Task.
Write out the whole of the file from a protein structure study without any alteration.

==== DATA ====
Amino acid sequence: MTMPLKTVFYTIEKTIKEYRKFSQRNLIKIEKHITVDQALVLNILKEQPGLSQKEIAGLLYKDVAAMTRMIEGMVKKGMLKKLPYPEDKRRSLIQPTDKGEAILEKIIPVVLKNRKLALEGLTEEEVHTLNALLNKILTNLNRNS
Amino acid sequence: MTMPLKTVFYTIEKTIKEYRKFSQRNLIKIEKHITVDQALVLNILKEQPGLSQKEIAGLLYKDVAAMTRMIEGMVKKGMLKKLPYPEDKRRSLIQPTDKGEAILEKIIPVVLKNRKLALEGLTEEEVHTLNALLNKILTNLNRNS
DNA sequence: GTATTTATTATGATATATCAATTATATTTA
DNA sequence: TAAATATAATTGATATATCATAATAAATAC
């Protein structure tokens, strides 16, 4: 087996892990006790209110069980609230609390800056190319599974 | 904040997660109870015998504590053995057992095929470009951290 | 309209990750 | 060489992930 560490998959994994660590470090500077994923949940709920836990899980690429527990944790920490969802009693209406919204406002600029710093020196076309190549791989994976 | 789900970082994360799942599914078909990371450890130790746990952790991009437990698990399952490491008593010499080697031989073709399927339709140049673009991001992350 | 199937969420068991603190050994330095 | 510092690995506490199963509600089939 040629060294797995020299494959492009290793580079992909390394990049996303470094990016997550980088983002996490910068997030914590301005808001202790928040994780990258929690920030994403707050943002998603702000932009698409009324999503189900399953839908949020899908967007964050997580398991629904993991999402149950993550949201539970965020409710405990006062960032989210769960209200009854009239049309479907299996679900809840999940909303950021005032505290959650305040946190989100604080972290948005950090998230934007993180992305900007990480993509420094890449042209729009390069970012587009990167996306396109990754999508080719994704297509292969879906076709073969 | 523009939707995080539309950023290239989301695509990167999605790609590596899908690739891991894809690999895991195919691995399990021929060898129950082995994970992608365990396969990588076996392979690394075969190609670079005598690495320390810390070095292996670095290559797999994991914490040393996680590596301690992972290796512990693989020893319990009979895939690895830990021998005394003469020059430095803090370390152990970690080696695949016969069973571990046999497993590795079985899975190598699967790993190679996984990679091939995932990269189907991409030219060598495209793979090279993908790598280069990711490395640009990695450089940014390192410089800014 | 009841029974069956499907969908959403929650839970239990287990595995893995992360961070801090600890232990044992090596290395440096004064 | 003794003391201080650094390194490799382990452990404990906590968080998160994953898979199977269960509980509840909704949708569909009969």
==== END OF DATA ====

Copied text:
Amino acid sequence: MTMPLKTVFYTIEKTIKEYRKFSQRNLIKIEKHITVDQALVLNILKEQPGLSQKEIAGLLYKDVAAMTRMIEGMVKKGMLKKLPYPEDKRRSLIQPTDKGEAILEKIIPVVLKNRKLALEGLTEEEVHTLNALLNKILTNLNRNS
Amino acid sequence: MTMPLKTVFYTIEKTIKEYRKFSQRNLIKIEKHITVDQALVLNILKEQPGLSQKEIAGLLYKDVAAMTRMIEGMVKKGMLKKLPYPEDKRRSLIQPTDKGEAILEKIIPVVLKNRKLALEGLTEEEVHTLNALLNKILTNLNRNS
DNA sequence: GTATTTATTATGATATATCAATTATATTTA
DNA sequence: TAAATATAATTGATATATCATAATAAATAC
């Protein structure tokens, strides 16, 4: 087996892990006790209110069980609230609390800056190319599974 | 904040997660109870015998504590053995057992095929470009951290 | 309209990750 | 060489992930 560490998959994994660590470090500077994923949940709920836990899980690429527990944790920490969802009693209406919204406002600029710093020196076309190549791989994976 | 789900970082994360799942599914078909990371450890130790746990952790991009437990698990399952490491008593010499080697031989073709399927339709140049673009991001992350 | 199937969420068991603190050994330095 | 510092690995506490199963509600089939 040629060294797995020299494959492009290793580079992909390394990049996303470094990016997550980088983002996490910068997030914590301005808001202790928040994780990258929690920030994403707050943002998603702000932009698409009324999503189900399953839908949020899908967007964050997580398991629904993991999402149950993550949201539970965020409710405990006062960032989210769960209200009854009239049309479907299996679900809840999940909303950021005032505290959650305040946190989100604080972290948005950090998230934007993180992305900007990480993509420094890449042209729009390069970012587009990167996306396109990754999508080719994704297509292969879906076709073969 | 523009939707995080539309950023290239989301695509990167999605790609590596899908690739891991894809690999895991195919691995399990021929060898129950082995994970992608365990396969990588076996392979690394075969190609670079005598690495320390810390070095292996670095290559797999994991914490040393996680590596301690992972290796512990693989020893319990009979895939690895830990021998005394003469020059430095803090370390152990970690080696695949016969069973571990046999497993590795079985899975190598699967790993190679996984990679091939995932990269189907991409030219060598495209793979090279993908790598280069990711490395640009990695450089940014390192410089800014 | 009841029974069956499907969908959403929650839970239990287990595995893995992360961070801090600890232990044992090596290395440096004064 | 003794003391201080650094390194490799382990452990404990906590968080998160994953898979199977269960509980509840909704949708569909009969």